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Congest Heart Fail. 2001 Mar-Apr;7(2):93-96.

Epidemiology of congestive heart failure in three ethnic groups.

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Department of Epidemiology and Public Health, University of Miami School of Medicine, Miami, FL 33101.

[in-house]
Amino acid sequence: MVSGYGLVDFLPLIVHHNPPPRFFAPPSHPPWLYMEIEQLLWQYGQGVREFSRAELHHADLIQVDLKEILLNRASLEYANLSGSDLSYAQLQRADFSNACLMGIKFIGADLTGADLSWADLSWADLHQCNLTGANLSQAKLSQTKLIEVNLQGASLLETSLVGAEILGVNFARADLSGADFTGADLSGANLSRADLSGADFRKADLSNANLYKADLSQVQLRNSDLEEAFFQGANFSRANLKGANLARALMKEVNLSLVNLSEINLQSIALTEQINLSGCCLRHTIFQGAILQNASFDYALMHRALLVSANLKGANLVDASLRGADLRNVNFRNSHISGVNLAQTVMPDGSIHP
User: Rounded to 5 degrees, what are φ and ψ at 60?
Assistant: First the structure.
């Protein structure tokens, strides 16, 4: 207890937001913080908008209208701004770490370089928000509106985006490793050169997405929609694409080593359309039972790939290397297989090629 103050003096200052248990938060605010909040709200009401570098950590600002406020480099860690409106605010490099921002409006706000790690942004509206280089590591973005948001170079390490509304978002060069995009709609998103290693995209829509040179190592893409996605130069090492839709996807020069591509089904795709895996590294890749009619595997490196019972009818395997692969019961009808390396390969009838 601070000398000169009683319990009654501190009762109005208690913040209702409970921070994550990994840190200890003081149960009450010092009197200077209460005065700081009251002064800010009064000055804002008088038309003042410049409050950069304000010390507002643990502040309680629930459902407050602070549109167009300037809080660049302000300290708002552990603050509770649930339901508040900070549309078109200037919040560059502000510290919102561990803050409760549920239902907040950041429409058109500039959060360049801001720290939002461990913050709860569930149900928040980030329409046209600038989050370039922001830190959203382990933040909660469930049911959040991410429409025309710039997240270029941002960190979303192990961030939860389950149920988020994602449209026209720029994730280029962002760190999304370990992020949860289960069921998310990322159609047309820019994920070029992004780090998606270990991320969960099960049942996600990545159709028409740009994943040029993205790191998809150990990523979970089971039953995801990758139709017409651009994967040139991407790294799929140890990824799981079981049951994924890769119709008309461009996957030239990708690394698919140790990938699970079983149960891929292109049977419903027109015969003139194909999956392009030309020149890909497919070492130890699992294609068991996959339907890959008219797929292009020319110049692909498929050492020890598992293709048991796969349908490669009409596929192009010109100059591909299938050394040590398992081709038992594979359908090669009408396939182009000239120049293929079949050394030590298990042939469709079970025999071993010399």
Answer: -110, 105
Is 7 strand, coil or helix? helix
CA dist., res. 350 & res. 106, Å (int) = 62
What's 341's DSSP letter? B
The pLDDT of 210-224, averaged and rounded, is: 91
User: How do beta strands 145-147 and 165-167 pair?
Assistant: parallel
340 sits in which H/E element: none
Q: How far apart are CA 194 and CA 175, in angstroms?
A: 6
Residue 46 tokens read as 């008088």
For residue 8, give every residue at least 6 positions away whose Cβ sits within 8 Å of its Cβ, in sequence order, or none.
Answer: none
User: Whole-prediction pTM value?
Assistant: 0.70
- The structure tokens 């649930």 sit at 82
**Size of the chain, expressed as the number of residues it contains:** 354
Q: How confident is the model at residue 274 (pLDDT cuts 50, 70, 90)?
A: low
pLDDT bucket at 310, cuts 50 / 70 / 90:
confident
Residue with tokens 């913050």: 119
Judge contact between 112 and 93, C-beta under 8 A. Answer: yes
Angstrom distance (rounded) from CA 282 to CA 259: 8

Congestive heart failure (CHF) is a leading cause of morbidity, disability, and mortality in old age, but little is known about the epidemiology of this condition in free-living minority populations. To determine the prevalence of CHF and associated risk factors in a multiethnic community, a population sample of 2759 elderly (i.e., 65 years of age and older) African American (AA), Hispanic-Cuban (HC), and white non-Hispanic (WNH) men and women from Miami-Dade County, Florida, were examined. There were 153 (5.6%) cases of self-reported CHF in the sample. The unadjusted prevalence rate of CHF was virtually identical among elderly AA (4.8%) and WNH (4.9%) but was significantly (p=0.04) lower than the rate among HC (6.8%). Sex- and ethnic-specific analyses showed that the highest prevalence rate of CHF was among HC women (8.2%). A multiple logistic analysis was used to calculate the odds ratio (OR) and 95% confidence interval (CI) of CHF in relation to age, sex, ethnicity, medical history, and smoking and alcohol drinking habits. Age (65-74 vs. 75-84; OR 1.7; CI 1.2-2.4; p=0.01), HC ethnic group (OR 1.5; CI 1.0-2.4; p=0.05), history of hypertension (OR 1.5; CI 1.1-2.1; p=0.02), history of myocardial infarction (OR 2.3; CI 1.5-3.5; p=0.0001), and history of diabetes mellitus (OR 1.9; CI 1.3-2.8; p=0.001) were directly, significantly, and independently associated with the prevalence of self-reported CHF. The findings here confirm those of prior studies in elderly white US residents, which indicate that heart attack, hypertension, and diabetes mellitus are major risk factors for CHF. The results also show that elderly AA and WNH have similar CHF prevalence rates. The higher CHF prevalence in elderly HC women found in this study requires further investigation.

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